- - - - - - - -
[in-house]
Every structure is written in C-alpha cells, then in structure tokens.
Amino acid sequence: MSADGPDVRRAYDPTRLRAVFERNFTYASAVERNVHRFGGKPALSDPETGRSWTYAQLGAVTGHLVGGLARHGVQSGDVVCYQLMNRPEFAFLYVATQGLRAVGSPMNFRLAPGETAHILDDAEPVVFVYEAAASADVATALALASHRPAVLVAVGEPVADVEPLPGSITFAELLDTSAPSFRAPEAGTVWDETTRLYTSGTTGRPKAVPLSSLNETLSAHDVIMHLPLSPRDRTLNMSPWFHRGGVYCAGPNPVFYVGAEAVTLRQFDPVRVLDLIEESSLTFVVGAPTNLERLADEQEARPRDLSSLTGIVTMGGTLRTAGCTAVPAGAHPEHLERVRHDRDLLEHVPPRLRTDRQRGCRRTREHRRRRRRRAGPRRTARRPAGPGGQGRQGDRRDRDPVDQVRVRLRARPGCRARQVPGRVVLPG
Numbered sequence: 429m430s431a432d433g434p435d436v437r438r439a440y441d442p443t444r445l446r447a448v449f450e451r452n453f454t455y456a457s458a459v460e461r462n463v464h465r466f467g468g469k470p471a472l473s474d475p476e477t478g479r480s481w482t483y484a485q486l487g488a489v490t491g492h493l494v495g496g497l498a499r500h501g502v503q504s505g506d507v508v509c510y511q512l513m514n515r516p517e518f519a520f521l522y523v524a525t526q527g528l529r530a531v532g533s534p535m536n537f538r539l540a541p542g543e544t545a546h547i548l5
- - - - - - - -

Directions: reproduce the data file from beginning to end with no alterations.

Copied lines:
[in-house]
Every structure is written in C-alpha cells, then in structure tokens.
Amino acid sequence: MSADGPDVRRAYDPTRLRAVFERNFTYASAVERNVHRFGGKPALSDPETGRSWTYAQLGAVTGHLVGGLARHGVQSGDVVCYQLMNRPEFAFLYVATQGLRAVGSPMNFRLAPGETAHILDDAEPVVFVYEAAASADVATALALASHRPAVLVAVGEPVADVEPLPGSITFAELLDTSAPSFRAPEAGTVWDETTRLYTSGTTGRPKAVPLSSLNETLSAHDVIMHLPLSPRDRTLNMSPWFHRGGVYCAGPNPVFYVGAEAVTLRQFDPVRVLDLIEESSLTFVVGAPTNLERLADEQEARPRDLSSLTGIVTMGGTLRTAGCTAVPAGAHPEHLERVRHDRDLLEHVPPRLRTDRQRGCRRTREHRRRRRRRAGPRRTARRPAGPGGQGRQGDRRDRDPVDQVRVRLRARPGCRARQVPGRVVLPG
Numbered sequence: 429m430s431a432d433g434p435d436v437r438r439a440y441d442p443t444r445l446r447a448v449f450e451r452n453f454t455y456a457s458a459v460e461r462n463v464h465r466f467g468g469k470p471a472l473s474d475p476e477t478g479r480s481w482t483y484a485q486l487g488a489v490t491g492h493l494v495g496g497l498a499r500h501g502v503q504s505g506d507v508v509c510y511q512l513m514n515r516p517e518f519a520f521l522y523v524a525t526q527g528l529r530a531v532g533s534p535m536n537f538r539l540a541p542g543e544t545a546h547i548l5